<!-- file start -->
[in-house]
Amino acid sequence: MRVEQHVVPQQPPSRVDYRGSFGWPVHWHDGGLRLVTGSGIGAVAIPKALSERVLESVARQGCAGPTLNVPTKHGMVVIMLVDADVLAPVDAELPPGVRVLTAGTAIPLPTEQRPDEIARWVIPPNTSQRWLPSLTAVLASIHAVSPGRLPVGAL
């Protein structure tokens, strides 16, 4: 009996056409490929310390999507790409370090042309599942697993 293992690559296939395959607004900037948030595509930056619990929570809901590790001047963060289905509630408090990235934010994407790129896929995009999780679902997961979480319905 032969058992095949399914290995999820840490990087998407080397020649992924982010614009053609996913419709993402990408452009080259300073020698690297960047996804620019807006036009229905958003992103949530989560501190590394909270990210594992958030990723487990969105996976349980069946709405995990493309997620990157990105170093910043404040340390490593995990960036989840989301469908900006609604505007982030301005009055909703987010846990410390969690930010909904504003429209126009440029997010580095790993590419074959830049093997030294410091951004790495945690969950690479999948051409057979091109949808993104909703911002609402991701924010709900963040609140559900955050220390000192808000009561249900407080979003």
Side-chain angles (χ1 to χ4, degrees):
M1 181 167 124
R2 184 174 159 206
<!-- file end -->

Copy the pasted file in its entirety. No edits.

[in-house]
Amino acid sequence: MRVEQHVVPQQPPSRVDYRGSFGWPVHWHDGGLRLVTGSGIGAVAIPKALSERVLESVARQGCAGPTLNVPTKHGMVVIMLVDADVLAPVDAELPPGVRVLTAGTAIPLPTEQRPDEIARWVIPPNTSQRWLPSLTAVLASIHAVSPGRLPVGAL
């Protein structure tokens, strides 16, 4: 009996056409490929310390999507790409370090042309599942697993 293992690559296939395959607004900037948030595509930056619990929570809901590790001047963060289905509630408090990235934010994407790129896929995009999780679902997961979480319905 032969058992095949399914290995999820840490990087998407080397020649992924982010614009053609996913419709993402990408452009080259300073020698690297960047996804620019807006036009229905958003992103949530989560501190590394909270990210594992958030990723487990969105996976349980069946709405995990493309997620990157990105170093910043404040340390490593995990960036989840989301469908900006609604505007982030301005009055909703987010846990410390969690930010909904504003429209126009440029997010580095790993590419074959830049093997030294410091951004790495945690969950690479999948051409057979091109949808993104909703911002609402991701924010709900963040609140559900955050220390000192808000009561249900407080979003």
Side-chain angles (χ1 to χ4, degrees):
M1 181 167 124
R2 184 174 159 206